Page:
RAYMONDVILLE — A week after his vaccination, Police Chief Uvaldo Zamora is waiting for most of his officers to take the vaccine to protect them against the coronavirus.
Meanwhile, health officials here were awaiting Willacy County’s first shipment of 200 doses of the Moderna vaccine, Frank Torres, the county’s emergency management coordinator, said Tuesday.
“We’re on the list to receive the medication,” Torres said. “Exactly when it gets here depends on when it’s shipped by the manufacturer.”
On Dec. 30, Zamora and six of his officers drove to Harlingen Medical Center to take their vaccines.
But most of his staff declined vaccination, he said.
“They’re kind of scared of the side effects so they are waiting a little longer,” Zamora said Tuesday.
At City Hall, City Manager Eleazar Garcia said he expects the remainder of the police department’s staff to become vaccinated.
“More people will take the vaccine as time goes by,” Garcia said. “It’ll be more the norm.”
Zamora said five members of his staff who took the vaccine complained of side effects.
“They complained of nausea, aching muscles and bones, headaches — nothing major,” said Zamora, who added he didn’t feel side effects. “Within a couple of hours, it’s OK.”
On Jan. 27, he and his six staffers expect to take the vaccine’s second round, Zamora said, referring to the second and final shot.
As the nation rolls out the coronavirus vaccine, government health officials have placed first responders such as police officers near the top of the list of those first scheduled to become vaccinated.
“You can only hope everyone takes it,” Zamora said, referring to officers who routinely respond to scenes in which suspects might be infected by COVID-19. “You’re a lot more comfortable — we’re first responders on the front line.”
County officials await first shipment
In this rural county of about 22,000 residents, state health officials Tuesday were planning to distribute the region’s first shipment of 200 doses of the Moderna vaccine — about three weeks after Cameron County received its first batch of the Pfizer vaccine, which must be stored in deep freezers.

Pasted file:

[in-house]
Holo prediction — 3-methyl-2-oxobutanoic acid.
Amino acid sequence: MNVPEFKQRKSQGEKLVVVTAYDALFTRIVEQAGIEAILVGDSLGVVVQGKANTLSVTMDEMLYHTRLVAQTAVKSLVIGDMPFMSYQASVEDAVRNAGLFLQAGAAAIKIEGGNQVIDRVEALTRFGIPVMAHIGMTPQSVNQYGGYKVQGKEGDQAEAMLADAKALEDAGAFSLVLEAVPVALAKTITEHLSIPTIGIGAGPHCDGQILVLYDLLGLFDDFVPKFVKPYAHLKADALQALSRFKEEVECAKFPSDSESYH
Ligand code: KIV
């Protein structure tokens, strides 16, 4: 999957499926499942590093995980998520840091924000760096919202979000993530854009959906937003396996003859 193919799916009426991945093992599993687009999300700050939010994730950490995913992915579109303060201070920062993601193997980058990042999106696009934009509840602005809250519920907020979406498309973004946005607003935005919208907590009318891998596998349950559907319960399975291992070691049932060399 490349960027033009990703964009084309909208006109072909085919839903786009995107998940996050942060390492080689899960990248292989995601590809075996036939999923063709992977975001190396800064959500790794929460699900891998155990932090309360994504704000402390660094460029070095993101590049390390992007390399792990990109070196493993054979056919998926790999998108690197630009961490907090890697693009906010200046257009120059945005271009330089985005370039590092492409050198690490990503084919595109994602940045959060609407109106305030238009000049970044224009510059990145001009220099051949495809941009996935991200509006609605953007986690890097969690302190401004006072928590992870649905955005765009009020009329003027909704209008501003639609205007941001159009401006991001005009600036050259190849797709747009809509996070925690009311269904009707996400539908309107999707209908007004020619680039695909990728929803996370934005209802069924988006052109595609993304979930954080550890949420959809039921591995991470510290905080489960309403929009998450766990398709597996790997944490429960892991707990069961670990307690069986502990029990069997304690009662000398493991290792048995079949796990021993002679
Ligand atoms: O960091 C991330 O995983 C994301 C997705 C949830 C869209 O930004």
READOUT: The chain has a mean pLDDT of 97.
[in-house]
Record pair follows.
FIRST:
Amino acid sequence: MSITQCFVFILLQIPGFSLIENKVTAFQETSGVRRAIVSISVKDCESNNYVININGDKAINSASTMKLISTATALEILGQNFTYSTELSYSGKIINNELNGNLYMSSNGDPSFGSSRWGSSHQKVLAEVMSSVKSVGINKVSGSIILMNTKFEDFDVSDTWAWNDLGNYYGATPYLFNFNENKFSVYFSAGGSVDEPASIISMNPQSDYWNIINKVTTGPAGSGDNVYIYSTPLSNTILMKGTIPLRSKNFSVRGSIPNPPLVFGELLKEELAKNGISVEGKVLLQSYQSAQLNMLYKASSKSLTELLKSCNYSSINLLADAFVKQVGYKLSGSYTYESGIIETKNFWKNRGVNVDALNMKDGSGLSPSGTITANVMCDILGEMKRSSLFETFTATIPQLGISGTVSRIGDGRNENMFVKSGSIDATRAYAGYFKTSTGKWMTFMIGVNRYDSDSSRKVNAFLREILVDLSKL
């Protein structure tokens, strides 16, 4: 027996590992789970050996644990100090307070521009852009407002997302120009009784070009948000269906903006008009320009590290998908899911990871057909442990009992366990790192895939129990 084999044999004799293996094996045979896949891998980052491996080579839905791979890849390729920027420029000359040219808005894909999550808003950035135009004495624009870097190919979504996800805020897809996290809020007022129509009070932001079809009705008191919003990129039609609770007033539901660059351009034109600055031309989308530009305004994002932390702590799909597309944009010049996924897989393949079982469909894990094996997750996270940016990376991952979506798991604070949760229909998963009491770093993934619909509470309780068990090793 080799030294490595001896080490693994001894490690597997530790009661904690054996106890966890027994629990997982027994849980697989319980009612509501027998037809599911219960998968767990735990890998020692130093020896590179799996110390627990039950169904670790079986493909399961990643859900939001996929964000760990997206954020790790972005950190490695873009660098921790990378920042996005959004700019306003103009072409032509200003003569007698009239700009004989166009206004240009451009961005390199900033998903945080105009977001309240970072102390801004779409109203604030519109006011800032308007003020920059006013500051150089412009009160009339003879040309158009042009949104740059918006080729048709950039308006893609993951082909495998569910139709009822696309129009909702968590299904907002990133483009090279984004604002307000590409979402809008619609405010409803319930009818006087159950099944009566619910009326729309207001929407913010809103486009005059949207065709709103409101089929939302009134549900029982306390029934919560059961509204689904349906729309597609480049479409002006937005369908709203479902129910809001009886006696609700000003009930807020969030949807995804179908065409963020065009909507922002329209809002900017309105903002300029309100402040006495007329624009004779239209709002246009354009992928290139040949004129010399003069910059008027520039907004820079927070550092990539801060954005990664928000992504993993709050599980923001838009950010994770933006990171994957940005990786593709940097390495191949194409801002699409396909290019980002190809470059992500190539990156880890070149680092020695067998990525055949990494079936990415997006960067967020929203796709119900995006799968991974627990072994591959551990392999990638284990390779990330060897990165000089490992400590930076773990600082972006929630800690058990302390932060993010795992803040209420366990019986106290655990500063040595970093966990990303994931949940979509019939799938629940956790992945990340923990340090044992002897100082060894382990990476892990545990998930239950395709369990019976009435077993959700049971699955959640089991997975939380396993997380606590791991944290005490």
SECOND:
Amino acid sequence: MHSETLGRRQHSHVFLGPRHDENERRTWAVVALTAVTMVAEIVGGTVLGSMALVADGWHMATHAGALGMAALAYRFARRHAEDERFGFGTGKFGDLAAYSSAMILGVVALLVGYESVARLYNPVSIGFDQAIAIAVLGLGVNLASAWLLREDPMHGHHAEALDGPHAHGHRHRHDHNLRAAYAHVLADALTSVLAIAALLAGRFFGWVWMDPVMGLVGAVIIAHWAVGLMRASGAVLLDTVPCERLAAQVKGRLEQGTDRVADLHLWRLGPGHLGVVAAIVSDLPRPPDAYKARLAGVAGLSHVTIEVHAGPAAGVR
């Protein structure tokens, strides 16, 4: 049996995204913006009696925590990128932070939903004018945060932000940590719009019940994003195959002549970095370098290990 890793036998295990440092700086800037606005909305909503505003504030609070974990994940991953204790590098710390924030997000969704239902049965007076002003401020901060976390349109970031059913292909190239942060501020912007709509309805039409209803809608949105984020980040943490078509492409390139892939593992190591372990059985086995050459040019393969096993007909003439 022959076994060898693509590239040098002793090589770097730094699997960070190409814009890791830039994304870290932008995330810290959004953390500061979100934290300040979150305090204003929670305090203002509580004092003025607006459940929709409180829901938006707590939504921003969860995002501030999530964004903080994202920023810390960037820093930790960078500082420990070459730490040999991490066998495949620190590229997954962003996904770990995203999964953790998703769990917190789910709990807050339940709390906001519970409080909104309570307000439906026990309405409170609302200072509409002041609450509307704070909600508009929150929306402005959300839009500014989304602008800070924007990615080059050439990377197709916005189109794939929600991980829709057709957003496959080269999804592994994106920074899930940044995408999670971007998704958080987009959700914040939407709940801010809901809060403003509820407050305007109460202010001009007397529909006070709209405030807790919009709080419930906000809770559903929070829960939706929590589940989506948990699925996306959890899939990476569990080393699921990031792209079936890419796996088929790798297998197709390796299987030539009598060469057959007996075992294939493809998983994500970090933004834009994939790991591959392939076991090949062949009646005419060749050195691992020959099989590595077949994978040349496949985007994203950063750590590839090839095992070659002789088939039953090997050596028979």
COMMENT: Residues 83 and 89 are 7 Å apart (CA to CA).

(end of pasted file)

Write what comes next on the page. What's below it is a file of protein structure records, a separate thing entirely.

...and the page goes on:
Now, officials are planning to distribute 100 doses to the Texas Department of Criminal Justice, which runs a state jail here, and 100 doses to the local state health department office, Torres said.
As part of the vaccine’s national distribution program, officials have set health care workers and first responders on top of the list of those scheduled to become the first to receive the vaccine.
“It’s going to be 100-percent directed to fire, police, nurses, doctors and nursing homes,” Torres said, adding the program has scheduled the general public to receive the vaccine around March.
At the Raymondville school district, Deputy Superintendent Ben Clinton said he’s offering to turn the district’s buildings into vaccination centers.
“We’re talking to the Department of Health Services to be a part of it,” he said. “We want to see how we can help — if we can use our facilities, if we can be a distribution center.”
Health care workers, first responders top list
So far, groups of Willacy County health care workers and first responders have driven to Harlingen hospitals to get their vaccines.
“Although Willacy County has not received the vaccine, people in Willacy County are still getting vaccinated,” Torres said.
About a week after Valley Baptist Medical Center, which has served as a distribution hub, received its first shipment of the Pfizer vaccine on Dec. 17, Torres, who serves as executive director of the county’s Emergency Management Services, and his crew took their shots at the hospital.
“Our entire EMS crew has been vaccinated and we’ve started to do other medical professionals and first responders,” he said, referring to the local vaccination program.
At Retama Manor Nursing Center, Administrator Joe Longoria said his staff will be among the first to receive vaccinations here.
“I feel a great sense of relief,” Longoria said. “We have many of the most vulnerable in our community.”
Across the country, health care workers have carried COVID-19 into nursing homes, infecting residents.
“By protecting ourselves, we’re protecting them,” Longoria said, referring to the nursing home’s residents. “I believe the vaccine is an added layer of protection. It’s not going to be a COVID buster but it will go a long way to relieve the problem as more people become vaccinated.”